It was refreshing to hear the traditional memes about the publishing business being challenged at their source for once.  In particular, Katz called Bloomsbury’s Richard Charkin out on comments that Amazon didn’t take very good care of it’s writers, citing the generous royalty rates given to Kindle authors.
Also, in two interesting comments, Katz stated that “Publishers should never start another imprint,” (is Amazon now happy with their stable of imprints?) and also that territorial rights should go away.
Does this signal a change in the way Amazon will handle sales in the 30% zones?
Link to the article here.

Monday, 12 March 2012

Researchers Find Evidence of Non-Author Tweet Account

In a shocking announcement this morning, scientists at the Benton Coldwater research facility, deep underneath Geneva, claim to have captured evidence of a non-author twitter user. Though it may be many months before independent confirmation is provided, other research teams are already applying for grants that will help them do just that.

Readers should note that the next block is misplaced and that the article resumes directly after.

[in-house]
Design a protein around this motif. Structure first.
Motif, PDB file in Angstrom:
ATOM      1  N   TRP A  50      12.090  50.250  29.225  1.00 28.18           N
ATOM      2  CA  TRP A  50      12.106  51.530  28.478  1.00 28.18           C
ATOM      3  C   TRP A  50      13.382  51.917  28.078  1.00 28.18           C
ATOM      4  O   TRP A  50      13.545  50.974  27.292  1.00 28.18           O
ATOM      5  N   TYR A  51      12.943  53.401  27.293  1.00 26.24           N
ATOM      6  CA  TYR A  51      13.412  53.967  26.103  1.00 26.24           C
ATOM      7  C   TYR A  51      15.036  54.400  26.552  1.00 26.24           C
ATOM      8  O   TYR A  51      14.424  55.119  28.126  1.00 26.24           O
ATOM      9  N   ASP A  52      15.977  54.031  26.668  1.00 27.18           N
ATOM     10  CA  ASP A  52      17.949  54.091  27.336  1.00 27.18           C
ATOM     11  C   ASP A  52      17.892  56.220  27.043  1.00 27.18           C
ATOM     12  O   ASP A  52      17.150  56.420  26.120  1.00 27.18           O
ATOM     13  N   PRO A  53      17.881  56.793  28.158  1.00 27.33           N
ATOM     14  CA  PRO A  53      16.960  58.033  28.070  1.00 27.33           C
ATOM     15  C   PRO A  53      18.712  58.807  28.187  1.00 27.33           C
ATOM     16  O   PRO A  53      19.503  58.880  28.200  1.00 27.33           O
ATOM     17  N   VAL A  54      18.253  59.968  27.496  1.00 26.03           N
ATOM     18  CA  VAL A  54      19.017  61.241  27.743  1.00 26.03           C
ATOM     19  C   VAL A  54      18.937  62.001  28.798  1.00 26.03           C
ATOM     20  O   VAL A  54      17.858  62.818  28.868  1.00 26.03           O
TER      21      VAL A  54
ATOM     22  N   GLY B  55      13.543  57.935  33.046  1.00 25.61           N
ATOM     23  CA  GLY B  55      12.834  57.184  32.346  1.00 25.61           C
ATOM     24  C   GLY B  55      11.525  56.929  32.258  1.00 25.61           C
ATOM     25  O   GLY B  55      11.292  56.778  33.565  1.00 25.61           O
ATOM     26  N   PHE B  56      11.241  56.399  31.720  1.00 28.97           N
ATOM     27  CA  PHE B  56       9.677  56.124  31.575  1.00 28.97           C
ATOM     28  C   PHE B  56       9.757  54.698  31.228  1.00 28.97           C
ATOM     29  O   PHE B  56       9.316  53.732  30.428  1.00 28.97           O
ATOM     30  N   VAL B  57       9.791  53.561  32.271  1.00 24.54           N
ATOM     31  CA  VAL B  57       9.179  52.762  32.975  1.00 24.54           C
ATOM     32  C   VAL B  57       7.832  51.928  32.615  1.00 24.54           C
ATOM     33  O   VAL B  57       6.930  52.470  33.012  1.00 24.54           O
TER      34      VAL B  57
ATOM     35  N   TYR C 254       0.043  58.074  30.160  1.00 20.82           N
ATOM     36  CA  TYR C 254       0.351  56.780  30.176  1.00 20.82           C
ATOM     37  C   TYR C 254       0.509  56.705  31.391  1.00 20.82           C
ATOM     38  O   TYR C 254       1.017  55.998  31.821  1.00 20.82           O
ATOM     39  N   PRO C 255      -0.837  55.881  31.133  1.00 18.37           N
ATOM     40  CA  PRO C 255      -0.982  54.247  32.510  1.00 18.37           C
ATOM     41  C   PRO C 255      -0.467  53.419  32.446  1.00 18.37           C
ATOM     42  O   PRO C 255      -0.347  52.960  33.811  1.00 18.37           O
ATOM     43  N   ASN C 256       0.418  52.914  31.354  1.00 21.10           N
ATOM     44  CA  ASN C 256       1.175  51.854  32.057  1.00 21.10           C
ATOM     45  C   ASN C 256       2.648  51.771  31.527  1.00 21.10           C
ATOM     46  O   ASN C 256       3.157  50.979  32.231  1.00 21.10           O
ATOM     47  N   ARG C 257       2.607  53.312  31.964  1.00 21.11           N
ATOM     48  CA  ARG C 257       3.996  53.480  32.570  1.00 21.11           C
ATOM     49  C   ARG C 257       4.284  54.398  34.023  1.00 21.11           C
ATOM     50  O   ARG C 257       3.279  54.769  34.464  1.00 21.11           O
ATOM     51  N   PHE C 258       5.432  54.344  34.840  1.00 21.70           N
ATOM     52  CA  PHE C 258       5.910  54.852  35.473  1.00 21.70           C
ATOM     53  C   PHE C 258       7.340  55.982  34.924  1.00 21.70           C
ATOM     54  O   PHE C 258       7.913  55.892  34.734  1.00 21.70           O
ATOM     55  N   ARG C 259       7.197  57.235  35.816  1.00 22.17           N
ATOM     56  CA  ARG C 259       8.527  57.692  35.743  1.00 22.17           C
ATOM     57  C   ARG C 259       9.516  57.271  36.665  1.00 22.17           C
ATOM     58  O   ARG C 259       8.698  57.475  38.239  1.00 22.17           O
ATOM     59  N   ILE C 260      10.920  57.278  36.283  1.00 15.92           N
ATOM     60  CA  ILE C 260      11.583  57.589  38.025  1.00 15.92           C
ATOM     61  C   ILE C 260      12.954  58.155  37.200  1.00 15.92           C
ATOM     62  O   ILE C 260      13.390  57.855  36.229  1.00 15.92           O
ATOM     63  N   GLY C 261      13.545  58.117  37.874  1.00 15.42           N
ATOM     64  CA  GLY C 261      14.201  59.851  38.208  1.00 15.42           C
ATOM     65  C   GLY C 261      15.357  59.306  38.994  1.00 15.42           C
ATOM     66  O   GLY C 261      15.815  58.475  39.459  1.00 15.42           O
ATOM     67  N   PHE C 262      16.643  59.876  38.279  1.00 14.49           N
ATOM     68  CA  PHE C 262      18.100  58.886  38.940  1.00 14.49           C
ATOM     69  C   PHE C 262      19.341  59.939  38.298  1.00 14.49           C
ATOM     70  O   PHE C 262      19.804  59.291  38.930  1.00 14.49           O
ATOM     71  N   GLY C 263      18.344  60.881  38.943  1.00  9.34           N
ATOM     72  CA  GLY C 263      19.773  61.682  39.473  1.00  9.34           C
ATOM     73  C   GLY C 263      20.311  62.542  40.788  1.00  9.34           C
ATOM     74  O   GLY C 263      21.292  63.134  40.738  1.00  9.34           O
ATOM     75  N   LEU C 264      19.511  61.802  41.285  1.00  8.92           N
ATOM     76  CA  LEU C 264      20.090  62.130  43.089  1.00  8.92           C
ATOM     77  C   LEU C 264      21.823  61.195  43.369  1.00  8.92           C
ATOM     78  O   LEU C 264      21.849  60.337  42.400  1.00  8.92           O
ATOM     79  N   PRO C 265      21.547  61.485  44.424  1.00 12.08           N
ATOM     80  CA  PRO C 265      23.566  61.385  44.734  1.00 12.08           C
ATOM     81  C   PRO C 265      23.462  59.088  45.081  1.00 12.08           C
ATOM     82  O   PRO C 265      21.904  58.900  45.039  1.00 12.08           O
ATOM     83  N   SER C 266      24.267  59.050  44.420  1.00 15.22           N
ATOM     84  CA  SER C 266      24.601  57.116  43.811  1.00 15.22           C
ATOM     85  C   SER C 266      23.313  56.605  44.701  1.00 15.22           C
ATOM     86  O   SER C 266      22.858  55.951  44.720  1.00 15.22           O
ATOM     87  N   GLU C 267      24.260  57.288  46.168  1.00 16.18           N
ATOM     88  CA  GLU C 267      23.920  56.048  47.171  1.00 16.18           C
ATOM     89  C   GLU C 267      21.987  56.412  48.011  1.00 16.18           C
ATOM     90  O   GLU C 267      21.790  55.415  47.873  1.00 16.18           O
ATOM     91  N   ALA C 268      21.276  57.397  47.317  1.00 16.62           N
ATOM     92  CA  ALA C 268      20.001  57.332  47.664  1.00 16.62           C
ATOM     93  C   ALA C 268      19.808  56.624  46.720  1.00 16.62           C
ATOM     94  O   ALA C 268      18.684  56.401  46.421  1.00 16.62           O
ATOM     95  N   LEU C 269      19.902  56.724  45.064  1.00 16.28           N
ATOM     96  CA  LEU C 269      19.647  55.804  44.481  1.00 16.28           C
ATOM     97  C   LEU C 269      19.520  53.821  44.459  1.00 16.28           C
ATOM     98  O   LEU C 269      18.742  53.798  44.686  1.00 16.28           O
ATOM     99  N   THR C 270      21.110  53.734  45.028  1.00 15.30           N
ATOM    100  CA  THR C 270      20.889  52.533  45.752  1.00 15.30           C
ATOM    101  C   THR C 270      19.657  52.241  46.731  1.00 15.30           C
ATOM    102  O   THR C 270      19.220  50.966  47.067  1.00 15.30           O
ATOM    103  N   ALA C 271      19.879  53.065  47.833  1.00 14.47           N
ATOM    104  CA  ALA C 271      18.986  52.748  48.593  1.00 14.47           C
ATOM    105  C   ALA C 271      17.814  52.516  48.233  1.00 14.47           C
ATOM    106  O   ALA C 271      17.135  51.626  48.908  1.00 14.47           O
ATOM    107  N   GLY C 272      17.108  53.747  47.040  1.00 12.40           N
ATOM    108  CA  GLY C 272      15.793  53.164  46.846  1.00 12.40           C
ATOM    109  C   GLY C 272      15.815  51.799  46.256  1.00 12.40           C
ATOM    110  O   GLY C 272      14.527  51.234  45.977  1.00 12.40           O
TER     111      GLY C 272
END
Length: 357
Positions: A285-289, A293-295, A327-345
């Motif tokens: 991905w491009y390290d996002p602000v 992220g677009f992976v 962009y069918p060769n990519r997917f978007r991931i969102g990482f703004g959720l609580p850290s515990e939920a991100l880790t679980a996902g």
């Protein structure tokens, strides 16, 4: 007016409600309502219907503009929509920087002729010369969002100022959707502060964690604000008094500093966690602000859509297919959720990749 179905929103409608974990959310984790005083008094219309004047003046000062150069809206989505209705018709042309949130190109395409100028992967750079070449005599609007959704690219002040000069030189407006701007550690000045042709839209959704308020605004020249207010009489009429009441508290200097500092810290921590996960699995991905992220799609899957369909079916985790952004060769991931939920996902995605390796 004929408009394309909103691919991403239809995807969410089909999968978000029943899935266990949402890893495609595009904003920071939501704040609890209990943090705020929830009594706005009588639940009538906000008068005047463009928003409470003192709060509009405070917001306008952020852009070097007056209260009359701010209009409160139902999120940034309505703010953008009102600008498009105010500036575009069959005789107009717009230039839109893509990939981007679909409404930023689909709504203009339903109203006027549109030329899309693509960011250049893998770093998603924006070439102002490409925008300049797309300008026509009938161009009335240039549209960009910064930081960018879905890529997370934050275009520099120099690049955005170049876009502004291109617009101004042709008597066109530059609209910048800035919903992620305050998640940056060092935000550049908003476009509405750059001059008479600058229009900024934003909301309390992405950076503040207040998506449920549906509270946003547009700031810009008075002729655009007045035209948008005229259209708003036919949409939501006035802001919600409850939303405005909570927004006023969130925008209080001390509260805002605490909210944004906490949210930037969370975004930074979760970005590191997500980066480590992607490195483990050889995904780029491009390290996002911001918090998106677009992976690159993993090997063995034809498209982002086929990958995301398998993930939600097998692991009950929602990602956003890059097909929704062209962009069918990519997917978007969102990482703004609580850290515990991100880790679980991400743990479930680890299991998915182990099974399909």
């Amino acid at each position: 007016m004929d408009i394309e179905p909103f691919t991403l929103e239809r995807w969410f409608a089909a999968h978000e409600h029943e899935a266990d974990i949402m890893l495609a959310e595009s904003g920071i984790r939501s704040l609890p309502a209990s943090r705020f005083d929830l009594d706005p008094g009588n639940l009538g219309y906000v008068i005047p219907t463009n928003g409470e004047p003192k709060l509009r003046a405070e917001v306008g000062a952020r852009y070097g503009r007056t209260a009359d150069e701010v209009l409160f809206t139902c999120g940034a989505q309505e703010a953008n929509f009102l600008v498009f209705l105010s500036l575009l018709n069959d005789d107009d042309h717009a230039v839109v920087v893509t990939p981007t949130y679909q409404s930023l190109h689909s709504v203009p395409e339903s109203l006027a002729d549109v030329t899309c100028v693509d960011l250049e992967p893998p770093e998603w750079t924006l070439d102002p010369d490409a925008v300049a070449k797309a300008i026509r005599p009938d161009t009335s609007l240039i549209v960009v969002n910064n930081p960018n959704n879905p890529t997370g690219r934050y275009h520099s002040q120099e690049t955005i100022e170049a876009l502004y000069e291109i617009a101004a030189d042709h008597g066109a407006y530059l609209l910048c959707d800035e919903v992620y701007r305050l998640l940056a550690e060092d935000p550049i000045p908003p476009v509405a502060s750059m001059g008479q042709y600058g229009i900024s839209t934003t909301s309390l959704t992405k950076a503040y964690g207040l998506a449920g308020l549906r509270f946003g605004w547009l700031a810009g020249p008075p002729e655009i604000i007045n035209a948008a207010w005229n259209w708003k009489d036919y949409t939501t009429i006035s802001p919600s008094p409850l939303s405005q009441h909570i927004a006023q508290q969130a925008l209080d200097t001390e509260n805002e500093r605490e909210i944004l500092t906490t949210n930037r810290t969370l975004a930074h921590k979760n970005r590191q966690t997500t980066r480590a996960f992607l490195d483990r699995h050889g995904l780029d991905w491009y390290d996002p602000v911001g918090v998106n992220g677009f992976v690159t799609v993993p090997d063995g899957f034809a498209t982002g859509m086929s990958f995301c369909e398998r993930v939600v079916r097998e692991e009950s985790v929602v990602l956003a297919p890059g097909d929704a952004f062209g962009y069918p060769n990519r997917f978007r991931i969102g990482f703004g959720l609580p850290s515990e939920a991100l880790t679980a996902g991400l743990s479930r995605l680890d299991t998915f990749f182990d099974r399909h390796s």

The team was startled when their twitter screen suddenly displayed that holy grail of researchers everywhere, a non-book tweet. ‘Thinking of getting some blueberries…’ the electrifying missive declared. “We almost missed it,” admitted senior researcher, Howard Anthidae, “but now that we’ve led the way, it will be up to others to re-create the conditions and prove us right or wrong.”
“Our lab under Sudbury may be just the ticket,” enthused senior Canadian researcher Tim Wharton. “Many have claimed such a user to be a theoretical impossibility, often going so far as to compare them to leprechauns, elves or honest politicians. Once we have the funding to buy a computer, we’ll get to work on filtering out the book tweets. We just do the pure science,” he added. “It will be up to the business world to figure out how to monetize it.”

Monday, 5 March 2012

Book Trailers - Are They Worth It?

Lately, everybody is putting up book trailers. They range in quality from a couple of stills set to music to a full production with actors and licenced music. Even some of the big publishing houses are springing for trailers when a new title comes out from an established author. I recently saw one for a writer whose work I have been reading for a decade now. I have to admit, I started hearing alarm bells when I saw it.